34 C.F.R. §300.148(c).
order to receive federal funds to assist in educating
children with disabilities under the IDEA, a State must,
among other conditions, provide a FAPE to all eligible
children. 20 U.S.C. §1412(a)(1). A FAPE includes both
special education (defined as “specially designed
instruction . . . to meet the unique needs of a child with a
disability”) and related services (defined as the
support services “required to assist a child . . . to
benefit from” that instruction). 20 U.S.C.
§§1401(9), (26) & (29). Such services are
provided in conformity with the child's individualized
education program (“IEP”). 20 U.S.C.
is the means by which special education and related services
are “tailored to the unique needs” of a
particular child as it is “the centerpiece of the
statute's education delivery system for disabled
children.” Endrew F. v. Douglas Cty., supra,
137 S.Ct. at 999-1000 (citing Board of Ed. of Hendrick
Hudson Central School Dist., Westchester Cty. v. Rowley,
458 U.S. 176, 181, 102 S.Ct. 3034, 73 L.Ed.2d 690 (1982);
Honig v. Doe, 484 U.S. 305, 311, 108 S.Ct. 592, 98
L.Ed.2d 686 (1988)). The IEP procedures emphasize
collaboration among parents and educators and require careful
consideration of the child's circumstances. 20 U.S.C.
Reimbursement for Private Tuition
relevant here, the IDEA provides for the reimbursement from a
public school district when parents decide to enroll their
child in a private school, without the consent of the school
district, under certain circumstances. Parents are entitled
to such reimbursement if: (1) the school district violated
the IDEA; and (2) the education provided by the private
school is reasonably calculated to enable the child to
receive educational benefits. Thompson R2-J Sch. Dist. v.
Luke P., ex rel. Jeff P., 540 F.3d 1143, 1148 (10th Cir.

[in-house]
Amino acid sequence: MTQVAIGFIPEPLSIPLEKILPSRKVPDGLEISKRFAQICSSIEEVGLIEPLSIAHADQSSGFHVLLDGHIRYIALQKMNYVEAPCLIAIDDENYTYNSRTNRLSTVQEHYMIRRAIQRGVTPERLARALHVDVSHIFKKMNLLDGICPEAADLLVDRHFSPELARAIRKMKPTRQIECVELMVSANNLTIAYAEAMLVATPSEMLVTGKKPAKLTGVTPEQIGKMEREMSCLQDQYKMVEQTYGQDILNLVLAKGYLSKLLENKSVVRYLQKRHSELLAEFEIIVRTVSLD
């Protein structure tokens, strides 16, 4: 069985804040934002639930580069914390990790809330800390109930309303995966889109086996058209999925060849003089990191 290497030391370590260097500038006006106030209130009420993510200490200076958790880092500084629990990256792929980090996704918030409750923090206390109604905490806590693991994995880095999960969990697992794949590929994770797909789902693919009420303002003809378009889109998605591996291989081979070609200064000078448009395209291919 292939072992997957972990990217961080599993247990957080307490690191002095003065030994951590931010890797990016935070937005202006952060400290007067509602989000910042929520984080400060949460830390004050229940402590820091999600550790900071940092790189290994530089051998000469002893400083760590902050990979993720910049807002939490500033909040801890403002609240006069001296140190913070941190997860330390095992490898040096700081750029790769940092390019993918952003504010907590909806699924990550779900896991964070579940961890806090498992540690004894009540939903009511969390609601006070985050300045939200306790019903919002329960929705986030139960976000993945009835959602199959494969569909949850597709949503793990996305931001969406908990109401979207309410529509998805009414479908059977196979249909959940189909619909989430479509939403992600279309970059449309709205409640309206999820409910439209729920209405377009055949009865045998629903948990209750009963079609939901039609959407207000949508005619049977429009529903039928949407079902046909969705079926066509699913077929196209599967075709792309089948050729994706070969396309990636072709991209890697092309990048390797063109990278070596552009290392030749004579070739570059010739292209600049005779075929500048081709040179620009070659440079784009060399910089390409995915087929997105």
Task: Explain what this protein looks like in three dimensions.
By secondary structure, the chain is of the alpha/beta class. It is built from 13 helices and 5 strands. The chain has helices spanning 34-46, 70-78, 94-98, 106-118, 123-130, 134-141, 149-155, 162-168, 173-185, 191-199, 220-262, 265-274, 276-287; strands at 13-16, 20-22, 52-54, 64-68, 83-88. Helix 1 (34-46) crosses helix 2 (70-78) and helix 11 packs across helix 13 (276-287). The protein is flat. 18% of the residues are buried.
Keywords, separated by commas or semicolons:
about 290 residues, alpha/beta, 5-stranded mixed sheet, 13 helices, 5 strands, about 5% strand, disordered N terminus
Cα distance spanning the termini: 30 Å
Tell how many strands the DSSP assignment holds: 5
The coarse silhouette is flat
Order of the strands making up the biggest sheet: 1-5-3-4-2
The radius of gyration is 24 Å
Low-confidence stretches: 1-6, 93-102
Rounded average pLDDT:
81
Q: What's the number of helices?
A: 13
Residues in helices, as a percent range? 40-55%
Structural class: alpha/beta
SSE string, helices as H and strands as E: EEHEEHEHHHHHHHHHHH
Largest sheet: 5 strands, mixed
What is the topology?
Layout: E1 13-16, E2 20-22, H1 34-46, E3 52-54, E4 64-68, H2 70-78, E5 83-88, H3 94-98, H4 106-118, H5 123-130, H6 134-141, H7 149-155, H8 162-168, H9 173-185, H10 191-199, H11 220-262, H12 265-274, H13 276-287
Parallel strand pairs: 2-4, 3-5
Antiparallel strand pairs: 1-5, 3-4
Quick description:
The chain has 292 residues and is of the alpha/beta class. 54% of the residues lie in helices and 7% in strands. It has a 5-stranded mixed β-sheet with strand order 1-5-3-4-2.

2008). “If the parents of a child with a disability . .
. enrolls the child in a private elementary school or
secondary school without the consent of or referral by the
public agency, a court or a hearing officer may require the
agency to reimburse the parents for the cost of that
enrollment if [it] finds that the agency had not made a free
appropriate public education available to the child in a
timely manner prior to that enrollment.” 20 U.S.C.
§1412(a)(10)(C)(ii); see also 34 C.F.R.
§300.148(c). In this case, the sole issue is whether
Petitioner and his parents have met their burden to prove
that the District violated the IDEA by failing to provide
Petitioner with a FAPE.
Standard for Determining FAPE
determine whether a FAPE was provided, the Court must ask
whether the IEP sets out an educational program that was
“reasonably calculated to enable [him] to receive
educational benefits.” Endrew F. v. Douglas Cty.,
supra, 137 S.Ct. at 996 (quoting the standard
articulated in Bd. of Educ. v. Rowley, supra, 458
U.S. at 207). The standard for determining whether an IEP is
reasonably calculated to enable a student to receive
educational benefit was defined by the Supreme Court in this
case. In Endrew F. v. Douglas Cty., the Court
rejected the Tenth Circuit law (as previously applied in the